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Kiss, Meat Loaf and W.A.S.P. guitarist Bob Kulick dies aged 70

Bob Kulick performs at Gene Simmons Hosts KISS Army Night And Jam Session At Rocktoberfest At L.A. LIVE on October 18, 2012 in Los Angeles, California.
(Image credit: Gabriel Olsen/FilmMagic)

Bob Kulick, guitarist for Kiss, Meat Loaf and W.A.S.P. amongst others, has died aged 70.

His younger brother and fellow guitarist Bruce Kulick confirmed the news on Instagram, writing, “I am heartbroken to have to share the news of the passing of my brother Bob Kulick. His love of music, and his talent as a musician and producer should always be celebrated.

“I know he is at peace now, with my parents playing his guitar as loud as possible. Please respect the Kulick Family’s privacy during this sad time.”

A cause of death has yet to be announced.

Kulick auditioned for a then-fledgling Kiss in 1972, and although he lost out to Ace Frehley, his guitar work appears - albeit uncredited - on four Kiss albums: Alive II, Unmasked, Killers and Creatures of Night. He also played on Paul Stanley’s 1978 solo album and 1989 tour.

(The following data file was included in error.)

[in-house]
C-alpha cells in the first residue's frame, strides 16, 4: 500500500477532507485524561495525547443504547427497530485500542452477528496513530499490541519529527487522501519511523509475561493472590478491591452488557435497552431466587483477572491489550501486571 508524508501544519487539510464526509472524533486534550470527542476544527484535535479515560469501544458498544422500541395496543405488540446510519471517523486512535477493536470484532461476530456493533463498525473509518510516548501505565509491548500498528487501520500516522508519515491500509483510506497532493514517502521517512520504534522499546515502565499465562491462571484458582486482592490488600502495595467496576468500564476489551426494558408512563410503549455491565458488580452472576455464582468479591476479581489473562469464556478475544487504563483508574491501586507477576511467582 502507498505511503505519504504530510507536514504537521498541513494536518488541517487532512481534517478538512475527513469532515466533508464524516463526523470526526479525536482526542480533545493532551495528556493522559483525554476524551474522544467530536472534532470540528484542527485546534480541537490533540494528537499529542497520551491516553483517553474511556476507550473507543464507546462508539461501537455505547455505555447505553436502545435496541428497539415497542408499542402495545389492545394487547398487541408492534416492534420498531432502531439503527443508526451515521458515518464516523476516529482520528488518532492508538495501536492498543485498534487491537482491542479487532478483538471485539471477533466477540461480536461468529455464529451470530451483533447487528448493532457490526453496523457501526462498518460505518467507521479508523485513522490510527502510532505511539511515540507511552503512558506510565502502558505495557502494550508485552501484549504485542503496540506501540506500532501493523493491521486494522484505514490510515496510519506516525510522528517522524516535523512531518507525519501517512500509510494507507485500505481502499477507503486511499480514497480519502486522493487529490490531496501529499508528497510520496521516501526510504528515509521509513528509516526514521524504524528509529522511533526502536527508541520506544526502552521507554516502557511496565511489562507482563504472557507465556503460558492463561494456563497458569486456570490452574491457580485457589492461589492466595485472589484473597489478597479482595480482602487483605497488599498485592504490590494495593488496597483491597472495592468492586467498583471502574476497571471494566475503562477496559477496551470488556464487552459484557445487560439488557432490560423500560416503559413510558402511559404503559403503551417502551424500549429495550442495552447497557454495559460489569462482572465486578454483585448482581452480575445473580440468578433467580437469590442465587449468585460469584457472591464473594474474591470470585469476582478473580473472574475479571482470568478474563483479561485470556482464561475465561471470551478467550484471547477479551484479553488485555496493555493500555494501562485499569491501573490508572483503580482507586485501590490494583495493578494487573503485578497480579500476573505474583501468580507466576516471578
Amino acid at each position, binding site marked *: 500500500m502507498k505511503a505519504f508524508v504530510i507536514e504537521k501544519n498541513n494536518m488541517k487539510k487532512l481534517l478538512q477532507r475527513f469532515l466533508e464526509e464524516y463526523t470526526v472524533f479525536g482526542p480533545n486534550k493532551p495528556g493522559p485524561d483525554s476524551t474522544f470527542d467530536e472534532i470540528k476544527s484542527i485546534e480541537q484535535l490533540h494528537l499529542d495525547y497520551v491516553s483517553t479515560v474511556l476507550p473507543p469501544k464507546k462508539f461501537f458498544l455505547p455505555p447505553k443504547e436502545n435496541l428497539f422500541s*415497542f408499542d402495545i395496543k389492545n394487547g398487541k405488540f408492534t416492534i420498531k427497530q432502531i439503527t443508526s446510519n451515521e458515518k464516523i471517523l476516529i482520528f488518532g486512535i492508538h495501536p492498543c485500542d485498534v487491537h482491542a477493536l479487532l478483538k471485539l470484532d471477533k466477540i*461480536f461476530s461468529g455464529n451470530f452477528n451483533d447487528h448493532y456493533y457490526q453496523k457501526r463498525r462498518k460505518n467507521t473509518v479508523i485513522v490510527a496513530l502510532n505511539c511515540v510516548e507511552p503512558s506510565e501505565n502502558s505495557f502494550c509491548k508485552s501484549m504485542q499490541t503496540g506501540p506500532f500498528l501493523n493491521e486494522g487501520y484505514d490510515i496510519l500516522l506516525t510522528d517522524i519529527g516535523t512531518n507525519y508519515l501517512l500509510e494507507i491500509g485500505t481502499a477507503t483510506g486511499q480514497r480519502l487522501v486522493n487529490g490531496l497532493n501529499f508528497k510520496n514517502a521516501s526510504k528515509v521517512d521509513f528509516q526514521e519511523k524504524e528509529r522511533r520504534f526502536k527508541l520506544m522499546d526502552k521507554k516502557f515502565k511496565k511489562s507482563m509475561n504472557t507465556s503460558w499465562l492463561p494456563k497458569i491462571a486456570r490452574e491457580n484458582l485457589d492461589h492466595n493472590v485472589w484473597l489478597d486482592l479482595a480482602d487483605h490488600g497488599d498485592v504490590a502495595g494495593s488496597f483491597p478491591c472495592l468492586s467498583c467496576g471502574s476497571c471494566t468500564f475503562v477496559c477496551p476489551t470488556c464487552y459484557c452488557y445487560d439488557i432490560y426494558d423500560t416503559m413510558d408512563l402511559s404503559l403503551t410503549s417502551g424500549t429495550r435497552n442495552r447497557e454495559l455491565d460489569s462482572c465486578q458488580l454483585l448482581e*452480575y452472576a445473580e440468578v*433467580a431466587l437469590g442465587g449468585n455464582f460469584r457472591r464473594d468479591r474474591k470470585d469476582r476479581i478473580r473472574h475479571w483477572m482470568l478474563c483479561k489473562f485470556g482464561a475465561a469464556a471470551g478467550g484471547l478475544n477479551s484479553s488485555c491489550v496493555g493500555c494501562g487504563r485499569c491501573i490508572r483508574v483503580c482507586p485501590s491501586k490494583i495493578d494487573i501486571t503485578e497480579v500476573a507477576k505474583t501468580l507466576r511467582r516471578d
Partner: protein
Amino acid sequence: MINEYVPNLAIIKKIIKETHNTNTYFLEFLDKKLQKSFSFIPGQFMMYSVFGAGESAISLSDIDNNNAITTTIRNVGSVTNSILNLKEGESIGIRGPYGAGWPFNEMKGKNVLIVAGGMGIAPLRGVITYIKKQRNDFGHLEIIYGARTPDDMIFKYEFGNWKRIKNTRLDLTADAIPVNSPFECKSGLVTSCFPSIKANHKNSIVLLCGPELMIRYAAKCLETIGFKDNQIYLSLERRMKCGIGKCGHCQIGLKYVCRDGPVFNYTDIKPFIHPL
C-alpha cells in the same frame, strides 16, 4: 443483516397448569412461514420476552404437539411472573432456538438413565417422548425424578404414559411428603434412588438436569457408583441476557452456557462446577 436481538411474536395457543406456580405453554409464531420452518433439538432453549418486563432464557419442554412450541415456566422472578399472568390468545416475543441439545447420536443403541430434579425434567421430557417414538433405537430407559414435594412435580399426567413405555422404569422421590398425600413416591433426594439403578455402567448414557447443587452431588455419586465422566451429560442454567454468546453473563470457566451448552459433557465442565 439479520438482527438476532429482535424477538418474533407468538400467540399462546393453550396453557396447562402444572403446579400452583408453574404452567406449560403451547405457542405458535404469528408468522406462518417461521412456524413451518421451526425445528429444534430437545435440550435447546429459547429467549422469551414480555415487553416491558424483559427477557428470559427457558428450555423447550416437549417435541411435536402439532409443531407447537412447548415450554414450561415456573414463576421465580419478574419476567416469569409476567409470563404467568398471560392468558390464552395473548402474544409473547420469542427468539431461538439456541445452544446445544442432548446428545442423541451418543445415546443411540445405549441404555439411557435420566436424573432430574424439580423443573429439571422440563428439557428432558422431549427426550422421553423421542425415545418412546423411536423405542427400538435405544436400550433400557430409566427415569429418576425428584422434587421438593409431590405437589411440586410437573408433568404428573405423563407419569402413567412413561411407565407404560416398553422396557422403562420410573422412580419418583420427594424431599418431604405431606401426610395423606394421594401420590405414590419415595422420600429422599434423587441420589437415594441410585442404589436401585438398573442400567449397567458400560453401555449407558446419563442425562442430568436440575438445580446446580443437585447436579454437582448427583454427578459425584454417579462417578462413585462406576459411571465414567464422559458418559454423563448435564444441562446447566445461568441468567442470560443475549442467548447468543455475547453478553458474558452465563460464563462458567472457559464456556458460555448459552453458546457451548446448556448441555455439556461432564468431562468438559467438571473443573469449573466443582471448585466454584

Kulick racked up a number of credits with artists across the musical spectrum, including Lou Reed’s Coney Island Baby, Meat Loaf’s Bad Attitude and touring band, Michael Bolton’s 1983 self-titled album, and several Diana Ross releases.

He also performed on W.A.S.P.’s The Crimson Idol and Still Not Black Enough, and formed the groups Balance and Skull.

In later years, Kulick became known for his production work, particularly on Motörhead's 2004 album Whiplash, which won a Grammy Award for Best Metal Performance, and wrote, recorded and produced the song Sweet Victory for SpongeBob SquarePants.

Kiss issued a statement on Twitter, which reads, “We are heartbroken. Our deepest condolences to the Kulick family in this difficult time.”

Gus G also paid tribute, stating, “R.I.P. Bob Kulick. I had the pleasure of working with him on a Randy Rhoads tribute album a few years back. My condolences to his family and loved ones.”

In 2016, Kulick told Classic Rock Revisited, “[Fans] come up me all the time: ‘My name is blah, and I play guitar in a band, and learned to play because of your solo in Larger Than Life.’

“That’s kind of shocking, numbing. You didn’t think that would be what happened when you do something like that. It’s a pleasant shock. It’s what you hope for, that your effort would do something good and motivate someone. If everyone gets that way about everything, when people say this, they will strive to be the best person they can be, things would be much better.

“That’s what I aim to say in music: try to be the best you can be. It’s a commendable thing and the ego part and all this stuff is not necessary and is secondary to what the real gift is, to have a means to communicate with people on a level like that.”